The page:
Most clients know what it feels like when they meet with a therapist and it isn’t a good fit. Maybe you leave the initial session feeling misunderstood or knowing that the therapist’s personality or style isn’t a good match for you. Maybe the therapist reminds you of someone in your life for whom you have negative feelings. Or maybe you can’t stand her office or the location, or you recognize that the fee she charges is more than you can reasonably afford.
But what about when you think it’s a good fit and the therapist doesn’t? This can be uncomfortable — particularly if it doesn’t match your perception of the connection you made. When a therapist tells you that she or he doesn’t think it’s a good fit or she doesn’t believe she is the best person to help you, this can understandably be a little confusing. Maybe it even feels like a rejection.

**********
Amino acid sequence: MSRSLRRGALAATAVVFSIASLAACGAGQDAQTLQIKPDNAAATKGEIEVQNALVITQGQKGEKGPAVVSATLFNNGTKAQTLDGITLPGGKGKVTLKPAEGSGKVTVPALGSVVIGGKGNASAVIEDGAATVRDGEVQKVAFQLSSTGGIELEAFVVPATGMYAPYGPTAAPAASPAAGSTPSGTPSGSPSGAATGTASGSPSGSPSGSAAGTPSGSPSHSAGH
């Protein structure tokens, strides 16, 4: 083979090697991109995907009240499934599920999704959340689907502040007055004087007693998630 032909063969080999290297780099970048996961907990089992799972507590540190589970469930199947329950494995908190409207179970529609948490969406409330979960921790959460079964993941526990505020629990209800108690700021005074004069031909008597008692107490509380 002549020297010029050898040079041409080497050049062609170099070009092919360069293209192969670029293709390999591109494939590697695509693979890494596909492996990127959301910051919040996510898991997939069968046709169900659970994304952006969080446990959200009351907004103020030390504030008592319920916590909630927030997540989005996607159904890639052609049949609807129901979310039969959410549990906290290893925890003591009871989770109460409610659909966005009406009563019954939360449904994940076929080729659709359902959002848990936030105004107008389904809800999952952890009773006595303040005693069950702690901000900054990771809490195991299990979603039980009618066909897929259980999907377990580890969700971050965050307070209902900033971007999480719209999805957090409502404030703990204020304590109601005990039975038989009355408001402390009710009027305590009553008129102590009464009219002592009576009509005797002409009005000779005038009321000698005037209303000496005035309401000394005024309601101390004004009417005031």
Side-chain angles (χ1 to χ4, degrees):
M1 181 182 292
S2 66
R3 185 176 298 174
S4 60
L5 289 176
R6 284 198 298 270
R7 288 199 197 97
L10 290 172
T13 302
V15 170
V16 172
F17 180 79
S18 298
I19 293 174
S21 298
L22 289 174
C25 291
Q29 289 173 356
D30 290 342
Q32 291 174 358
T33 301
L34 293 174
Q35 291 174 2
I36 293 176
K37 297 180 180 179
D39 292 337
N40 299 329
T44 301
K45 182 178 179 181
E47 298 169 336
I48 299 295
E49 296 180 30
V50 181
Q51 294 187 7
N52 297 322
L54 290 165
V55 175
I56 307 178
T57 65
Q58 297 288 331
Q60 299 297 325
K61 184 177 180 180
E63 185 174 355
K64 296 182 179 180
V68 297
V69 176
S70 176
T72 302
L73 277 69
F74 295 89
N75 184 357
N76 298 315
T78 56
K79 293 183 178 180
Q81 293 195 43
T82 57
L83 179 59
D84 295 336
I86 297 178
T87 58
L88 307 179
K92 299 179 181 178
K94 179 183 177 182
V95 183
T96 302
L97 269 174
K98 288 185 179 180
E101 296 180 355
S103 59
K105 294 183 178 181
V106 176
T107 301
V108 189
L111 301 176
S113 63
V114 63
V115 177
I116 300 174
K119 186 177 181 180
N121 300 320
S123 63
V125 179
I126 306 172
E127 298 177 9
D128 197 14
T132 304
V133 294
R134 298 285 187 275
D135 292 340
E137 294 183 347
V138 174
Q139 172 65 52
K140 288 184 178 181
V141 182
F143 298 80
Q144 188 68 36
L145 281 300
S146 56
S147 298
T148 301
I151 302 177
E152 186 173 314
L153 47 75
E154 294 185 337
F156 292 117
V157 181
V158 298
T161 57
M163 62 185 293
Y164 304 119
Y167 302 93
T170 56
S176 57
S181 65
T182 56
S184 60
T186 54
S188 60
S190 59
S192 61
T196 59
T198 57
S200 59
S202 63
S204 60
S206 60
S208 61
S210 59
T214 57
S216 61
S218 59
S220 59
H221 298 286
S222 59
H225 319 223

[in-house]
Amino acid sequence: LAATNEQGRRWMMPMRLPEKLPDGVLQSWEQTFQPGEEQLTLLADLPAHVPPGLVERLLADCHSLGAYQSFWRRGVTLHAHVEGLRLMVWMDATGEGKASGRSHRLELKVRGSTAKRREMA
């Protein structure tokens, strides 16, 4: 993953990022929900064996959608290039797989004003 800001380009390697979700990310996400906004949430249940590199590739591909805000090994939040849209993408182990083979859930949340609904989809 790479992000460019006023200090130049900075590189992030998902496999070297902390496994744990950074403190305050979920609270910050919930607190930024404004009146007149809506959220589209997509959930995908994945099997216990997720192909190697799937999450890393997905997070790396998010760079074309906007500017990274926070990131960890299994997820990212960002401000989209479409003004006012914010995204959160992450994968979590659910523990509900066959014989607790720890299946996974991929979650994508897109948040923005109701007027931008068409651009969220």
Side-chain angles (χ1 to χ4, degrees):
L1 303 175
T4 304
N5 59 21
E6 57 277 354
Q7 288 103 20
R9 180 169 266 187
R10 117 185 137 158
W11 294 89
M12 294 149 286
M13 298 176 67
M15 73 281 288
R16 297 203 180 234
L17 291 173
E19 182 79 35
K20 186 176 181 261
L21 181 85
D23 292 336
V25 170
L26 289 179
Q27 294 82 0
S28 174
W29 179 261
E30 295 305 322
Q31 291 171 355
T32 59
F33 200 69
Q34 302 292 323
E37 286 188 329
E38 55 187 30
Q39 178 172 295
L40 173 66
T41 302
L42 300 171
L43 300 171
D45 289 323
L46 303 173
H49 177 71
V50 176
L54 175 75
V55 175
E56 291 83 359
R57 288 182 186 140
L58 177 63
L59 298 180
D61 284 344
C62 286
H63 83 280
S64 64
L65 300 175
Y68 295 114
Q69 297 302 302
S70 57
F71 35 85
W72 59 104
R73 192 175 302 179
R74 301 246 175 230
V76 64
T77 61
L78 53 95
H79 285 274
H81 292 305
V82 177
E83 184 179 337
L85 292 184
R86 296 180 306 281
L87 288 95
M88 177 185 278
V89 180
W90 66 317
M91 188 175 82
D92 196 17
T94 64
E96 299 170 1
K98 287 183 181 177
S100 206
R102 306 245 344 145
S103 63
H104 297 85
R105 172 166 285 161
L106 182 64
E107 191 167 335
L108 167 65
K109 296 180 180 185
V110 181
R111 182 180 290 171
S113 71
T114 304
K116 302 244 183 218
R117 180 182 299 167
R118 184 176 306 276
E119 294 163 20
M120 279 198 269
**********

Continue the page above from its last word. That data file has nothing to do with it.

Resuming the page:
There are multiple reasons why a therapist may not believe it is a good match, and unfortunately, we often don’t offer detailed explanations to clients. Sometimes there are good reasons for being less specific about it.
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